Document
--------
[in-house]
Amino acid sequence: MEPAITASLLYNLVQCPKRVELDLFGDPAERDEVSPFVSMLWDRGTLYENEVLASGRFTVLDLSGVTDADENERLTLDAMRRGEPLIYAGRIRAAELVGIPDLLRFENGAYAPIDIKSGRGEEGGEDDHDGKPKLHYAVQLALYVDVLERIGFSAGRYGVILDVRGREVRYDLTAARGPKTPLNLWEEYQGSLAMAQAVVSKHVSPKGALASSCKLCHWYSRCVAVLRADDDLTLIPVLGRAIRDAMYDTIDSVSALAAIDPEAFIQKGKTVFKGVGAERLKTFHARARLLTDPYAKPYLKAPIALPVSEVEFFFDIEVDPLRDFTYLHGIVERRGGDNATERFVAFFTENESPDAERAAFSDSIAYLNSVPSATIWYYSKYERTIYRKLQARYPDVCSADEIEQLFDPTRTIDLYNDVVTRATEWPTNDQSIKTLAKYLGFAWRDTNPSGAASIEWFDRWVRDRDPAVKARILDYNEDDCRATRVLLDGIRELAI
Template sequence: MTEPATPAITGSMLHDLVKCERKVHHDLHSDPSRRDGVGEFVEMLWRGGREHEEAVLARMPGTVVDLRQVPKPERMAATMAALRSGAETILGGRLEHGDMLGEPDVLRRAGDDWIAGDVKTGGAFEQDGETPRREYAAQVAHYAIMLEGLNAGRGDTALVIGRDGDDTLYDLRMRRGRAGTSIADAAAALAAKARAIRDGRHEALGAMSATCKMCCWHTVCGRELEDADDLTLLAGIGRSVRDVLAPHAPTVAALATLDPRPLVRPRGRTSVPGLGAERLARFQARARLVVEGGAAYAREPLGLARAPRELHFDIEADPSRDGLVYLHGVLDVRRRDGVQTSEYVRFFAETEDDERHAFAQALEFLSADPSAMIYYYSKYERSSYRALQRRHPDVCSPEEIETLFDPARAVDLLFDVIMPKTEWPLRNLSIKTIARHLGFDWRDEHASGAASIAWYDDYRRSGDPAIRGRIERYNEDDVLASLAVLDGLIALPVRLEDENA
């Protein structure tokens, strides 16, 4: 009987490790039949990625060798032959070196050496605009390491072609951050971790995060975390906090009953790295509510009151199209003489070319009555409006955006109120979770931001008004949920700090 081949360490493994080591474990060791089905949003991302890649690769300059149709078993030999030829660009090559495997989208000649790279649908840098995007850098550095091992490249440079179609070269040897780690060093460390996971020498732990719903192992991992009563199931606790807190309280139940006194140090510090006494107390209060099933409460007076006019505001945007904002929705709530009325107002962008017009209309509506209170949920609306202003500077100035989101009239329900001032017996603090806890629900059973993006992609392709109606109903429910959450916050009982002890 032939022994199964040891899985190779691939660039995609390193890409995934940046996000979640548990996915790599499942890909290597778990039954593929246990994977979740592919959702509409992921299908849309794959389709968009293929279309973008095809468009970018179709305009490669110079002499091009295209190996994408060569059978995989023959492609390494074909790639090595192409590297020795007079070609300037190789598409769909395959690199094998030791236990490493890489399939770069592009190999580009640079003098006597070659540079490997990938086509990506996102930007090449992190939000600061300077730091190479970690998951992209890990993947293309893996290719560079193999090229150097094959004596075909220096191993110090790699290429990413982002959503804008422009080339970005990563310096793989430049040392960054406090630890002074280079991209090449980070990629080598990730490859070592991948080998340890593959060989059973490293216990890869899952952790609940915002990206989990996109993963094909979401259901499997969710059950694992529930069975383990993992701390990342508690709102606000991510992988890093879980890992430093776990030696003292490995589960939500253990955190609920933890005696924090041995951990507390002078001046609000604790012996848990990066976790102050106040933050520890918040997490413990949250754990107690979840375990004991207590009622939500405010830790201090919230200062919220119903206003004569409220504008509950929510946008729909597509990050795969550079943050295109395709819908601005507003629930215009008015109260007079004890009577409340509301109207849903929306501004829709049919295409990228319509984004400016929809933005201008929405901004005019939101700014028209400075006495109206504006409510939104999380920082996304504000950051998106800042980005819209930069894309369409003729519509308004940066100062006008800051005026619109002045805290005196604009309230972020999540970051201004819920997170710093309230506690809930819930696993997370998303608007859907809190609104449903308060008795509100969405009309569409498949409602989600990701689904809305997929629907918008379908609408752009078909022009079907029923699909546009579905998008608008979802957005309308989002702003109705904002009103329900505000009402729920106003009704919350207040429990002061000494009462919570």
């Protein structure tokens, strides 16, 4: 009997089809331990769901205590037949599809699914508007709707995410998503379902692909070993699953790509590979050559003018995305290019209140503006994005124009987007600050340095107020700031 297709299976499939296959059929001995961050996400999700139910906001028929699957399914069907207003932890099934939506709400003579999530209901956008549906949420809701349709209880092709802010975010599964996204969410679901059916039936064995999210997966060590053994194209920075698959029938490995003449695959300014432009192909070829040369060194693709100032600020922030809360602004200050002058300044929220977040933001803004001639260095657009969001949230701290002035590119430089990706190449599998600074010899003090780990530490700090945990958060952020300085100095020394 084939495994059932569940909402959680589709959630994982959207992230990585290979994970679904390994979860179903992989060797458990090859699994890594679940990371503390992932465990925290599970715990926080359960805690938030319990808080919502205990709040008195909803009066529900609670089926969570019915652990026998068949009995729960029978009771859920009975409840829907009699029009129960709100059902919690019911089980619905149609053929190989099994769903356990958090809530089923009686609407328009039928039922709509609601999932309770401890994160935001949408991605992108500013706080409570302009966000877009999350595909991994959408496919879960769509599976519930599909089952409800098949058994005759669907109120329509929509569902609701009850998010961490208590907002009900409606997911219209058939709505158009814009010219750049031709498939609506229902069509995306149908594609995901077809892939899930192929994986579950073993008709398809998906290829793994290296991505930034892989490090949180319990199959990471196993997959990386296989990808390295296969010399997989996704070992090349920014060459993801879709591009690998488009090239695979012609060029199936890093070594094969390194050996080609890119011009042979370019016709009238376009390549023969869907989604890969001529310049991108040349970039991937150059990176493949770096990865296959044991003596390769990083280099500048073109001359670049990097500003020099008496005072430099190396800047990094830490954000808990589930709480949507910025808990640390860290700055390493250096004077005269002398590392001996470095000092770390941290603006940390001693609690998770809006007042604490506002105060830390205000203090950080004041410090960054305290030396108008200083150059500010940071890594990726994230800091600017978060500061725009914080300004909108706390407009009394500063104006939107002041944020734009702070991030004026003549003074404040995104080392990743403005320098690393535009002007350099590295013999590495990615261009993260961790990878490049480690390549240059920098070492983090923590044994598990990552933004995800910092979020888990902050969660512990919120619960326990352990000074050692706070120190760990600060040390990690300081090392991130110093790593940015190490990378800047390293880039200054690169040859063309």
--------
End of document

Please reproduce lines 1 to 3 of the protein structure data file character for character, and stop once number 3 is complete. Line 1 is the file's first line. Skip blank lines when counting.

[in-house]
Amino acid sequence: MEPAITASLLYNLVQCPKRVELDLFGDPAERDEVSPFVSMLWDRGTLYENEVLASGRFTVLDLSGVTDADENERLTLDAMRRGEPLIYAGRIRAAELVGIPDLLRFENGAYAPIDIKSGRGEEGGEDDHDGKPKLHYAVQLALYVDVLERIGFSAGRYGVILDVRGREVRYDLTAARGPKTPLNLWEEYQGSLAMAQAVVSKHVSPKGALASSCKLCHWYSRCVAVLRADDDLTLIPVLGRAIRDAMYDTIDSVSALAAIDPEAFIQKGKTVFKGVGAERLKTFHARARLLTDPYAKPYLKAPIALPVSEVEFFFDIEVDPLRDFTYLHGIVERRGGDNATERFVAFFTENESPDAERAAFSDSIAYLNSVPSATIWYYSKYERTIYRKLQARYPDVCSADEIEQLFDPTRTIDLYNDVVTRATEWPTNDQSIKTLAKYLGFAWRDTNPSGAASIEWFDRWVRDRDPAVKARILDYNEDDCRATRVLLDGIRELAI
Template sequence: MTEPATPAITGSMLHDLVKCERKVHHDLHSDPSRRDGVGEFVEMLWRGGREHEEAVLARMPGTVVDLRQVPKPERMAATMAALRSGAETILGGRLEHGDMLGEPDVLRRAGDDWIAGDVKTGGAFEQDGETPRREYAAQVAHYAIMLEGLNAGRGDTALVIGRDGDDTLYDLRMRRGRAGTSIADAAAALAAKARAIRDGRHEALGAMSATCKMCCWHTVCGRELEDADDLTLLAGIGRSVRDVLAPHAPTVAALATLDPRPLVRPRGRTSVPGLGAERLARFQARARLVVEGGAAYAREPLGLARAPRELHFDIEADPSRDGLVYLHGVLDVRRRDGVQTSEYVRFFAETEDDERHAFAQALEFLSADPSAMIYYYSKYERSSYRALQRRHPDVCSPEEIETLFDPARAVDLLFDVIMPKTEWPLRNLSIKTIARHLGFDWRDEHASGAASIAWYDDYRRSGDPAIRGRIERYNEDDVLASLAVLDGLIALPVRLEDENA